The Career Game Changers of Pharmacy

OCTOBER 06, 2015
Erin Albert, PharmD, JD, MBA
As a pharmacy educator and adviser to budding pharmacists, I am often asked about the different facets of a pharmacy career—what are all the options and which one is right for a particular individual?

The good news is that the profession has gained a lot of variety in the past 50 years. The challenge lies in understanding the very wide standard deviation of opportunities and how to properly match up an opportunity to an ideal candidate via strengths and values.

Some pharmacists have the luck of finding their ideal jobs right out of residencies, fellowships, or pharmacy school. Many of us do not. In other cases, our work environment, needs, goals, and values change over time. Career variety can be a wonderful way to learn even more about pharmacy, make a pharmacist invaluable to employers, and change the game of the profession itself, as professionals shape the profession over time and bring different skill sets to the table to make pharmacy more empirical and holistic.

In this article, we look at 3 professionals who made choices that were game changers in their careers. Each dared to try different areas of pharmacy and health care practice. We’ll also show that change can happen at any time within one’s pharmacy career journey—early, middle, and even late career. We discuss the career paths of a pharmacist early in her career (<5 years in practice), a mid-career pharmacist (>20 years in practice), and a pharmacist/physician who has failed at retirement twice and is still working full time (>40 years).

Risk: Changing the Game Early in Your Career
Blair Thielemier, PharmD, attended the University of Arkansas for Medical Sciences in Little Rock, Arkansas, and earned her doctorate of pharmacy in May 2011. Although she has been in practice only 4 years, her career in pharmacy is already full of variety.

“I have gone from full-time independent retail to full-time clinical hospital pharmacy, and now to relief services and medication therapy management (MTM) consulting,” Dr. Thielemier said.

Currently, she is a clinical pharmacist at BT Consulting in northeast Arkansas and southeast Missouri. She first started out, however, with a job at an independent retail community pharmacy after completing an internship there.

“I was comfortable and had a strong background in retail, so I knew I could provide excellent service to our patients,” she said. “I stayed on there for about a year before leaving to pursue an opportunity in a local hospital as a clinical pharmacist.”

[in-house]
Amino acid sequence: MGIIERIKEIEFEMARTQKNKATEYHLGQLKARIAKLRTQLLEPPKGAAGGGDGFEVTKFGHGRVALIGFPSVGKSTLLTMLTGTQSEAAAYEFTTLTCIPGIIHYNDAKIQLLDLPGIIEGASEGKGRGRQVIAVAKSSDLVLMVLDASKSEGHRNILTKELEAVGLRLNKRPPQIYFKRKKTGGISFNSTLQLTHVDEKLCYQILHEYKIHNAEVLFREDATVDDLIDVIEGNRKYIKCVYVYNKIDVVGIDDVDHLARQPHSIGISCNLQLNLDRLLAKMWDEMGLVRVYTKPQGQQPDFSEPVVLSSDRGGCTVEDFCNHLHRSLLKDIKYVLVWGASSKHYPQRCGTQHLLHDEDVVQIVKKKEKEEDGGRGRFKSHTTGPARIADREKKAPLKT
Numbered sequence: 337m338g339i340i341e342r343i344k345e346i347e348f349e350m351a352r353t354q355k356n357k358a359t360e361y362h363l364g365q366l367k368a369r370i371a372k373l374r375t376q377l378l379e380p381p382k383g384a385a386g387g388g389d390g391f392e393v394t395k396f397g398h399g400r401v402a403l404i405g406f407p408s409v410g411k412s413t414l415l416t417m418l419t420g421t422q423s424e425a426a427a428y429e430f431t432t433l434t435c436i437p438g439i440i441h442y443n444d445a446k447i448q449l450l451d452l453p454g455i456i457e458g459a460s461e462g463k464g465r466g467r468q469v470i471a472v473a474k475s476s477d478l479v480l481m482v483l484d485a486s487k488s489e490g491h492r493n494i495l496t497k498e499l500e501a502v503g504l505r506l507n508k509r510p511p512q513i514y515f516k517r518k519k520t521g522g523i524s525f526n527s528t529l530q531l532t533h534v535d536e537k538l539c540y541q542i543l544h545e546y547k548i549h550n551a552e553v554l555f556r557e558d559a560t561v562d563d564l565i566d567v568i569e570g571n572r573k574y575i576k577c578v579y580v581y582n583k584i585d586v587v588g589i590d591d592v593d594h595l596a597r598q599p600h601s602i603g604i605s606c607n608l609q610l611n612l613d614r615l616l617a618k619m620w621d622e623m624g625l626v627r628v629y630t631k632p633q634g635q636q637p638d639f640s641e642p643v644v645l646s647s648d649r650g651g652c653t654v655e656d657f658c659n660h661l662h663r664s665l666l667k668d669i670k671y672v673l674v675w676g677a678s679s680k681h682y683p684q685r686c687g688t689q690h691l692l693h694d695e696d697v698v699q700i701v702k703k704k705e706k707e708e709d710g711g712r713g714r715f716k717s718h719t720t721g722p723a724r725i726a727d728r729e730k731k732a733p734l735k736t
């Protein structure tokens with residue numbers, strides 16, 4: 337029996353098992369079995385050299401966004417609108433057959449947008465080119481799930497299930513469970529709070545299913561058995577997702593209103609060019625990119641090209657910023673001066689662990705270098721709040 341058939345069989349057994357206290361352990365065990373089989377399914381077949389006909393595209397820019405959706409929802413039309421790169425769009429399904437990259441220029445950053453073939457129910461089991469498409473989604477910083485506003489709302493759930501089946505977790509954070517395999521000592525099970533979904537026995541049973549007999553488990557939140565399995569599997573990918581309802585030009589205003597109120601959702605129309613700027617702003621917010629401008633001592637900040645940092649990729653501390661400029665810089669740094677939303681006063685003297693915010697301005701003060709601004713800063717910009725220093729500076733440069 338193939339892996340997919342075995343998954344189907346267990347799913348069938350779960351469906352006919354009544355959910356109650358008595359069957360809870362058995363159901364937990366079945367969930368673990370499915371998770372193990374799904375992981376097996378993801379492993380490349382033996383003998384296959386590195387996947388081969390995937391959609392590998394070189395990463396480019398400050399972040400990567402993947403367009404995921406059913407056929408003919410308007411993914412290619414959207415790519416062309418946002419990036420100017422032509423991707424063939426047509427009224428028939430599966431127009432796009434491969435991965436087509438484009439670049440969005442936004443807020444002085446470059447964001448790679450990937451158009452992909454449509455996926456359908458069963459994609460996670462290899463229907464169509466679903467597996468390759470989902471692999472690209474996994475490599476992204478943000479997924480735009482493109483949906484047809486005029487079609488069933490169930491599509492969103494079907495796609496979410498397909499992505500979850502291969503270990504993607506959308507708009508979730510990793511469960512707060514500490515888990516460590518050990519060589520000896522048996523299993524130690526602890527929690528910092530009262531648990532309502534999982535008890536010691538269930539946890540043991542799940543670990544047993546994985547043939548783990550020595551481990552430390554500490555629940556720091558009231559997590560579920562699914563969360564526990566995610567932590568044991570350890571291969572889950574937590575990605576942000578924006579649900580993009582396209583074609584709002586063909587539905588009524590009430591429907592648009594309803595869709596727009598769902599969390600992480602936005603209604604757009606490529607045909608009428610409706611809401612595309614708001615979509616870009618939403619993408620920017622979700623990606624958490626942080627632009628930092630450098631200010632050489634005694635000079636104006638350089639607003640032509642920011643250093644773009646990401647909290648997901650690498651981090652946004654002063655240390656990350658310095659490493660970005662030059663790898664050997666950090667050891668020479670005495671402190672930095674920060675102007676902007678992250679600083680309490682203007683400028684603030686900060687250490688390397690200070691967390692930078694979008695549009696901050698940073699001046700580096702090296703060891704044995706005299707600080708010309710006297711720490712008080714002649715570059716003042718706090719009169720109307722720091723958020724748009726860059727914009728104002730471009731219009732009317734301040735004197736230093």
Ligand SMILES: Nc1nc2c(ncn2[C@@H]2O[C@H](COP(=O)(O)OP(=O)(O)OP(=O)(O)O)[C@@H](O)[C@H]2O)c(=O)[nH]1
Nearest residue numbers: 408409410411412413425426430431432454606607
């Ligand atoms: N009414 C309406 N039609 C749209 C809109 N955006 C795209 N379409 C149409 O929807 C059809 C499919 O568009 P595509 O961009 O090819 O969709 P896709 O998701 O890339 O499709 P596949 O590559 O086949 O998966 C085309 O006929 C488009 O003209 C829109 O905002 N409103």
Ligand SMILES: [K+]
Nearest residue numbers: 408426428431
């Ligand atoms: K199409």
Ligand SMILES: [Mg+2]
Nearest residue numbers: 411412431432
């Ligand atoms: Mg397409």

Dr. Thielemier loved serving patients, but she wanted to challenge herself. She also felt the pull of possible burnout, stress-filled days, and physical pain in working long hours in community practice. With an interest in entrepreneurship and in possibly owning her own community pharmacy one day, however, it was not an easy decision to leave.

Her next career move in pharmacy stemmed from her advanced pharmacy practice experience rotation. The director of pharmacy for a small, rural hospital called Dr. Thielemier and said he received the budget to hire another full-time pharmacist.

“I was hesitant because I had little background in hospital and [was] not confident in my clinical skills, but I knew he would help me make the transition to clinical hospital pharmacist,” Dr. Thielemier said.

She took on the challenge and became a full-time clinical hospital pharmacist for 2 years, until budget cuts forced her to take on pro re nata status. Although the cutbacks were due to budget tightening, Dr. Thielemier loved the experience.

“We set up protocols for dosing warfarin, renal antibiotics, formulary management during drug shortages, titrations of IV medications for ICU patients, and helped with post-op orthopedic surgery patients,” she said.

Since mid-2014, Dr. Thielemier has set up shop independently as an entrepreneur. On top of relief work for a few pharmacies in her local area, she has also started a small business helping local pharmacies build clinical services for their patients.

“I am consulting for community pharmacies to help them implement MTM and immunization clinics,” she said. “Through MTM consulting and coaching, I can provide a cost-effective solution to delivering clinical and MTM services in busy community pharmacies. In turn, the pharmacies will see improved Medicare star ratings, greater patient satisfaction, less adverse drug events, and increased medication adherence (via higher refill rates). This increases revenue.”

Dr. Thielemier said the board game her career most resembles is Risk.

“I’m rolling the dice, not knowing what the future will hold, but aiming for world domination,” she said.

Although Dr. Thielemier does take risks, each risk is educated. Taking risks can broaden skill sets and learning on the job, which will enable careers to take off even faster.
 


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